Jesus teaches with authority. And Jesus challenges some of the prevailing interpretations of God’s law. And Jesus is demonstrating such actual divine power that people are distressed and shocked and conflicted and maybe a little terrified, because if the power that is in this man’s hands is also in his words and in his teaching, if what he is saying is actually true, well that is going to re-order their world, and that’s scary. So we find ways of not believing the truth when we are confronted with it. We look for reasons not to believe God when God is speaking to us. Sometimes we will even go so far as to cling to the exact opposite thing because doing so keeps us in our fantasies; It keeps us from having to confront a truth we don’t want to confront. That is what is happening in the gospel today. People don’t want to accept that Jesus is teaching and acting with the power of God, because if they did that then that would mean their lives would have to change. So instead they try to convince themselves that the exact opposite is true, and that Jesus is, in fact, using demonic power to cast out demons. It’s ridiculous, but that doesn’t matter. Humans are good are believing ridiculous things if it keeps them from having to confront the truth.

I think that one of the most brilliant Dolly Parton songs ever, and this is really a difficult judgement, because most of them are brilliant, but one of the most brilliant at least in terms of lyrics is “The Grass is Blue.”

I’ve had to think up a way to survive
Since you said it’s over
Told me goodbye
I just can’t make it one day without you
Unless I pretend that the opposite’s true

Rivers flow backwards
Valleys are high
Mountains are level
Truth is a lie
I’m perfectly fine
And I don’t miss you
The sky is green
And the grass is blue

There’s snow in the tropics
There’s ice on the sun
It’s hot in the Arctic
And crying is fun
And I’m happy now
And I’m glad we’re through
And the sky is green
And the grass is blue

I mean, that’s not scripture but it might as well be, and not just because St. Dolly wrote it, but because it really speaks to a truth in the human condition. If there is a truth that we are confronted with that we really, really don’t want to accept, well sometimes it is easier to just turn the rest of the world upside down; sometimes it is easier to just hold on to the opposite of what is true, so that we don’t have to let go of our delusions. Dolly would sooner believe that the grass is blue rather than accept that her lover is gone. The Pharisees would rather believe that Jesus is using the power of the devil rather than accept that his authority comes from God. Adam and Eve would rather believe the serpent than trust in God’s goodness. Lies go down real smooth and easy. It is the truth that is usually hard to swallow. 

But deep down I think a lot of times we know we are fooling ourselves. The sky isn’t green and the grass isn’t blue. And the devil never sets us free. Only Jesus can do that.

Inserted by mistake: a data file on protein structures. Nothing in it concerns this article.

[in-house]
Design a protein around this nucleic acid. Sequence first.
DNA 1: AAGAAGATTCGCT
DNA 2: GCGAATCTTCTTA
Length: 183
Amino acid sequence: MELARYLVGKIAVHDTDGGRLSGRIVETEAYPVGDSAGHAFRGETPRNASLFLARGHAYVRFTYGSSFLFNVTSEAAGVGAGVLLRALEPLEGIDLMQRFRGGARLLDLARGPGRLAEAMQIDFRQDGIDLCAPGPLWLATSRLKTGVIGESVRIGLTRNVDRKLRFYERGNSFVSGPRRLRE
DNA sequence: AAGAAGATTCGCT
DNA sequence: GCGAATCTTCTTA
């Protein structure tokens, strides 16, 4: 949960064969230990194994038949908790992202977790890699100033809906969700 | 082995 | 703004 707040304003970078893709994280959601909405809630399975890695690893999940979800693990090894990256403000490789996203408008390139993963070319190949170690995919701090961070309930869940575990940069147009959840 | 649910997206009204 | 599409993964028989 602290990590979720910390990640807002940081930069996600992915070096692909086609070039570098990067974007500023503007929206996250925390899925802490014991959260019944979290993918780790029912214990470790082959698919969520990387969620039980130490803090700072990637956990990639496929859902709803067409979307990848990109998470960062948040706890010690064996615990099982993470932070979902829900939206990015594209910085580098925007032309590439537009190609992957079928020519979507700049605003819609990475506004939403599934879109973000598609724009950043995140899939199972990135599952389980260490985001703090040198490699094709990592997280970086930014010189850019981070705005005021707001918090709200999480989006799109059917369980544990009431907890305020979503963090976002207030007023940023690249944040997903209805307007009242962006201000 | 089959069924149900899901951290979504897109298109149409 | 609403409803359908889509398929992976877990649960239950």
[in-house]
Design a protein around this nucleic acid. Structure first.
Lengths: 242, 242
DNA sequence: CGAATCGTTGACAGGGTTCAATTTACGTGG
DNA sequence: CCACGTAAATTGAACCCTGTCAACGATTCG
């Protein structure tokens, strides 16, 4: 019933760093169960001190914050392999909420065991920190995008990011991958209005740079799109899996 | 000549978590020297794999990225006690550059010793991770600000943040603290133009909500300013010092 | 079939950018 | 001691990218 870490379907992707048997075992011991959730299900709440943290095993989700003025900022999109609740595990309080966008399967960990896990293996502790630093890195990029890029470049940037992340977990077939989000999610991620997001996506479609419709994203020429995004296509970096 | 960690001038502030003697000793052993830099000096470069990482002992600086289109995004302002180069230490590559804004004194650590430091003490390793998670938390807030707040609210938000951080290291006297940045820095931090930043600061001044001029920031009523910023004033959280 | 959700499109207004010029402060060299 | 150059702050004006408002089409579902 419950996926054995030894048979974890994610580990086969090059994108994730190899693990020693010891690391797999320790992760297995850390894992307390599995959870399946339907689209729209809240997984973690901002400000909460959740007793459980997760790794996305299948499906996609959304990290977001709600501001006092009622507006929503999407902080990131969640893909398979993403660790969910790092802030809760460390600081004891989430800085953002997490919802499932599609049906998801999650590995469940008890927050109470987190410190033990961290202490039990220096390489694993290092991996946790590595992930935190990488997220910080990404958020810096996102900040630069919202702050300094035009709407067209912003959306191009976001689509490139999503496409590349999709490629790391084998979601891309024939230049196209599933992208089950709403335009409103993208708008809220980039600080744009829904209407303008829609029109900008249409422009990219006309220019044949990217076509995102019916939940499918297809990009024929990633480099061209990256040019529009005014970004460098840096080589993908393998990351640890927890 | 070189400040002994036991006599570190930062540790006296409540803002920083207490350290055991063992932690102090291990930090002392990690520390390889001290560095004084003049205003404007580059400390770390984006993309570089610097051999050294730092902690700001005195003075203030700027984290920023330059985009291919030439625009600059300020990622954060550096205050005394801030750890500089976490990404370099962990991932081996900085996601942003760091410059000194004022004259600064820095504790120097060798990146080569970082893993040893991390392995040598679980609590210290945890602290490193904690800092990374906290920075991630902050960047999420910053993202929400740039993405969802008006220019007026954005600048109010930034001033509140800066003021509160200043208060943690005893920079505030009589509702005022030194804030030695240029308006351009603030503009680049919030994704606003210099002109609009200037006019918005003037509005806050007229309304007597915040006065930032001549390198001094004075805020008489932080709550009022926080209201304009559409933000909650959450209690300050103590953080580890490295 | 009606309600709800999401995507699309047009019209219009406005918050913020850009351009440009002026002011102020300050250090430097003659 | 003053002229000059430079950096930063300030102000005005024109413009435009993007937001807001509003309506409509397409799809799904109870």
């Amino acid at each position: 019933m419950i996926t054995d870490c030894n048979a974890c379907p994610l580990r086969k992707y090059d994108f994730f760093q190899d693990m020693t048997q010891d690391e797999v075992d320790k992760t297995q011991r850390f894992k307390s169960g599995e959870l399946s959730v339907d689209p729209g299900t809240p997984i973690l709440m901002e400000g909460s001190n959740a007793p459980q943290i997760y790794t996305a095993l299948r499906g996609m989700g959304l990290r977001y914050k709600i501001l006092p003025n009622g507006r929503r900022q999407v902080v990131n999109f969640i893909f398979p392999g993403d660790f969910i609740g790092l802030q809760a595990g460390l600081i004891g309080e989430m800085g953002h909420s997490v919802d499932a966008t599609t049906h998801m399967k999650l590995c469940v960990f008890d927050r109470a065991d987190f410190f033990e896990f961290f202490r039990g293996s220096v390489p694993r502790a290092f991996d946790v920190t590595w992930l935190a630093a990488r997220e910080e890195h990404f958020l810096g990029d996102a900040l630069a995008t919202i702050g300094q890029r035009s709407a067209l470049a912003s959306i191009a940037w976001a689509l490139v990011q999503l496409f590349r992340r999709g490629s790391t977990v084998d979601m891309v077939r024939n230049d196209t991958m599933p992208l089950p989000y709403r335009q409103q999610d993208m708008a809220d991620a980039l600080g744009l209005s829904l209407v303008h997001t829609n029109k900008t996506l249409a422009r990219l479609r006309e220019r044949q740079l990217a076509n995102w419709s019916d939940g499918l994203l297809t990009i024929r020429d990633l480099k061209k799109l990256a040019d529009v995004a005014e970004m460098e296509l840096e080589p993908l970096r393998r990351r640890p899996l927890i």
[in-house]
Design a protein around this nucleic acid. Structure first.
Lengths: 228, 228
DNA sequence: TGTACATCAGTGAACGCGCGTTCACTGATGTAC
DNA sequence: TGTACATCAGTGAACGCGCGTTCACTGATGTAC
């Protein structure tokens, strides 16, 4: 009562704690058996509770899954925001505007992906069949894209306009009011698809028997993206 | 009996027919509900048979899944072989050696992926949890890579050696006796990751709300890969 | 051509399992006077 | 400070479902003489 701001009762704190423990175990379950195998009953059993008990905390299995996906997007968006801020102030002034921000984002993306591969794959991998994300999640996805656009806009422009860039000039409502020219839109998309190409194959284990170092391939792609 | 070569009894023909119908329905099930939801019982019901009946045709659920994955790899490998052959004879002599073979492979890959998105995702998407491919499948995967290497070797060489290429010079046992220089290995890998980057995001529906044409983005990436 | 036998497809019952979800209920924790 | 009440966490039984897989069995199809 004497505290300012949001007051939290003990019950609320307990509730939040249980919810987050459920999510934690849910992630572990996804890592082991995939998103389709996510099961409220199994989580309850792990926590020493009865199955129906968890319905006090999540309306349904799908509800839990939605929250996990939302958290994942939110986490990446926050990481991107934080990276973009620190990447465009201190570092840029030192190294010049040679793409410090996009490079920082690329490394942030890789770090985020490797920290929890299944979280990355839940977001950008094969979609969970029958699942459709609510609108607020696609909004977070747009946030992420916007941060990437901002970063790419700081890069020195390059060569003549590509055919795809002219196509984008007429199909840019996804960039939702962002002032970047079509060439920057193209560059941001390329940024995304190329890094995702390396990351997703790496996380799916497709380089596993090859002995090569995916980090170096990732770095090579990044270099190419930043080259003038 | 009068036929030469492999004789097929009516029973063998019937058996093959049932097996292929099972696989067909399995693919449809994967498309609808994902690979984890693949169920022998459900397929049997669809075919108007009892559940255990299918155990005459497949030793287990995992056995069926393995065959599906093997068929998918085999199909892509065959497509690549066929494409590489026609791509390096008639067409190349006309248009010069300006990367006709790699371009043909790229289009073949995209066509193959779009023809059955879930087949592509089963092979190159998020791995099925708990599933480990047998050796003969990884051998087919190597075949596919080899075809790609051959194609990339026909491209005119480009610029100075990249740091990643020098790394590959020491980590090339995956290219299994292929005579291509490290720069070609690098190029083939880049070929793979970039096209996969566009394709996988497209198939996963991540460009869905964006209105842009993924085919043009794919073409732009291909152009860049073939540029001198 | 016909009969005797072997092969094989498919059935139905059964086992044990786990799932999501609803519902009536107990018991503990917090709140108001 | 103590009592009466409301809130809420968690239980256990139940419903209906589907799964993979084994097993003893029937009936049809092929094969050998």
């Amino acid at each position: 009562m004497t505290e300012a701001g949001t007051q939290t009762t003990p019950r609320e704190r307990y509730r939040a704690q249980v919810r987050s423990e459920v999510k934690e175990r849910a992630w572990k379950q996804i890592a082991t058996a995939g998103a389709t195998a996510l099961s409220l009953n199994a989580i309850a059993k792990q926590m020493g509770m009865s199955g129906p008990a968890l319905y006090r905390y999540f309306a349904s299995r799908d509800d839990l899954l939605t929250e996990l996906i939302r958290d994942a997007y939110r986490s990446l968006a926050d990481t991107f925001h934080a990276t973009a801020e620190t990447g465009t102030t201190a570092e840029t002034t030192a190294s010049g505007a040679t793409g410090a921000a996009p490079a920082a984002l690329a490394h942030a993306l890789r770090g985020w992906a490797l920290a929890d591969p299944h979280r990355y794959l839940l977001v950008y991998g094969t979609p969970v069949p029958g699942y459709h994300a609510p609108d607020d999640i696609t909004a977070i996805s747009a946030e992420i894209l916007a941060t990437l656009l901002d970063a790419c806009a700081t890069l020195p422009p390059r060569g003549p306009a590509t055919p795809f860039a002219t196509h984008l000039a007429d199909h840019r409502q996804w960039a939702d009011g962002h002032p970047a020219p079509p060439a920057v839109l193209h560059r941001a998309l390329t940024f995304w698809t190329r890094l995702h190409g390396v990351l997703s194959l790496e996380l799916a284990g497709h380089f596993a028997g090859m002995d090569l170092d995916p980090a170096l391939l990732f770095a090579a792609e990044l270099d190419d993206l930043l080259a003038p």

In the year that King Uzziah died…

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Sermon for Trinity Sunday 2021

Readings:

“In the year that King Uzziah died, I saw the Lord sitting on a throne, high and lofty…”

That is how the prophet Isaiah begins telling the story of his wondrous vision of God and God’s heavenly throne room. In the year that King Uzziah died. Those words have been rattling around in my head all week. I want to just jump into talking about what Isaiah saw and what it might mean, but for some reason the part of this text that keeps jumping out at me this week and getting stuck in my brain is the first line: In the year that King Uzziah died. Uzziah is kind of a fun name to say. Who was Uzziah? Well, Uzziah was a king of the Southern kingdom of Judah, back when there were two kingdoms of Hebrews. 

One of the fun things about the Bible, is that sometimes you will read details in scripture and they will seem completely meaningless, and then other times you will read those exact same words again and all of a sudden they will contain a major clue to the meaning of the whole passage. “In the year that King Uzziah died” is one of those passages for me. The first few times I read it, I just saw it as a more or less meaningless date marker: like “in the year 1492 Columbus sailed the ocean blue.” I just thought Isaiah was pointing to a significant event to set his story in time, and it does that, but it also does so much more if you take a closer look at who Uzziah was and then reflect on why his death might actually be an important detail in the story Isaiah is trying to tell. You see, you have to be careful when you are dismissing details in scripture as being unimportant. Somebody thought they were important enough to write down, back when the written word really meant something and writings were really sacred, so don’t be too quick to dismiss minor details…like King Uzziah.